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For Movies on the Move

For several years now, GoPro has demonstrated the overwhelming popularity of action videos. They have built an empire of a business around its brand.

Sony’s HDR-AS100V and newer, yet slightly smaller HDR-AZ1 cameras are the center of their video system for recording action in the field. Both units pack lots of features into a very compact space: 1080p with image stabilization, stereo sound, high speed recording, 170-degree view, interval recoding, and WiFi and NFC equipped and GPS (AS100V only).

They are ruggedized and are waterproof, shockproof, dustproof and freezeproof without having to purchase additional accessories.

This AZ1 which is 2/3 the size of the AS100V, is mounted on a drone. Using an optional Live-View Remote (RM-LVR2V) which straps to your wrist you can control the AZ1, change settings and view the playback from afar.

The included Action Cam Movie Creator software lets edit your footage into complete, quality movies using the special recording features e.g. high speed recording, merging multiple clips into a single clip, etc.

 
 
There are a whole host of accessories for the Action Cam system including various camera mounts and straps for bicycling, surfing, boating, diving, snow sports and skateboarding.

List price for AS100V is $279 and for the AZ1 is $249. For more information, see the Sony ActionCam webpage.
 
 
Written by: Arnie Lee
 
 


 
 

Corning’s Gorilla Glass Photos

As I was browsing the aisles, I came across a booth with a display of many brilliant photos. I learned that all of these photos were printed directly on glass.

Most people recognize the Corning brand. What they may not know is that Corning is the maker of Gorilla Glass. It’s the strong, scratch-resistant surface has made it the standard fare for an overwhelming number of mobile phones.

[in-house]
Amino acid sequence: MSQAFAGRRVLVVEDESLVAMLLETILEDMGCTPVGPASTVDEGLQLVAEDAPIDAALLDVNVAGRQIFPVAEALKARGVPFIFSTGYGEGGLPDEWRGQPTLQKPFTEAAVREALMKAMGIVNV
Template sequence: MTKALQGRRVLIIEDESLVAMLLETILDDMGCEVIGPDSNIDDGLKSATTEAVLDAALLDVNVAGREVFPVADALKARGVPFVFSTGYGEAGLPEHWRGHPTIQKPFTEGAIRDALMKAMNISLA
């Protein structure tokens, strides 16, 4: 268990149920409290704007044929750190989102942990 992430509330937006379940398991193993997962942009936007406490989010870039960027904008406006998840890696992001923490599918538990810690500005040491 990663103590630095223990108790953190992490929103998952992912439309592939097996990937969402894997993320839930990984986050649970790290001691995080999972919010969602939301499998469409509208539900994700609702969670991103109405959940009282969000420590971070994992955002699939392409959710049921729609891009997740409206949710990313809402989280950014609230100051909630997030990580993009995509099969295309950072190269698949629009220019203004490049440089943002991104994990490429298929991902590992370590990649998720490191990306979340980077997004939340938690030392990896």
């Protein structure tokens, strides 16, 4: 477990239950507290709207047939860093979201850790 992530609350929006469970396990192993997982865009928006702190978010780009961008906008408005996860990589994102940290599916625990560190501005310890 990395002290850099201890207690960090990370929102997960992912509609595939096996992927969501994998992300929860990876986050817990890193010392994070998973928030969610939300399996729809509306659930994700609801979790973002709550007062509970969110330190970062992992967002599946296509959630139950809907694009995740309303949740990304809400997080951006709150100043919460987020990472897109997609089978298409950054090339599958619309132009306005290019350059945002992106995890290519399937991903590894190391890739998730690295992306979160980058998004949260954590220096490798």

Corning rep Katie Greene showed me this photo (of a gorilla, no less) and explained the multi-step process of turning an image into a Masterpix photo.

First a primer is printed on the back of the glass. Next the image is printed using a UV-based ink. Then a white ink is overprinted to provide the proper opacity. Finally, a thin protective film is applied to prevent scratches and hold the glass together.

While these samples are displayed in stands, they can just as easily be mounted on a wall.

These Masterpix photos were displayed unframed. However they can also be put into conventional frames if desired.

Price for an 5″x7″ Masterpix with tabletop stand is $35. The images can be either portrait or landscape. Delivery time is about a week.

 
 
Currently you can order photos online, directly from Corning’s Masterpix website. They are available in these sizes: 5×7, 6×6, 8×10, 11×14, 16×16 and 16×24. The ordering process is simple, choose the size, upload your image and enter your delivery and payment information.

For details on these glass presentation frames, visit Corning’s Masterpix website for full details.

Written by: Arnie Lee
 
 


 
 

High Quality Desktop Printer

I’m an ardent believer that it’s better to get your photographs off of your hard drive and into print.

About ten years ago, we had a 13″ wide printer to handle some of our smaller photographs. However, after it died following a long and generous life, we chose not to replace it. Since then we’ve been using a variety of photofinishers to reproduce our photographs.

After strolling by the Epson booth and seeing some of their impressive photograph displays, I talked to one of their customer representatives and am now considering their new Surecolor P600.

The P600 is a replacement for their previous R3000 model. It connects to your computer setup via an Ethernet connection or via WiFi. You’ll need a desktop area of 24″x36″ for the printer.

The top loader automatically feeds 13″x19″ paper for borderless printing. There’s a front loader for feeding single sheets of specialty fine art papers up to 1.3mm thickness. For panoramic prints up to 10 feet long, the P600 accepts the included roll feeder.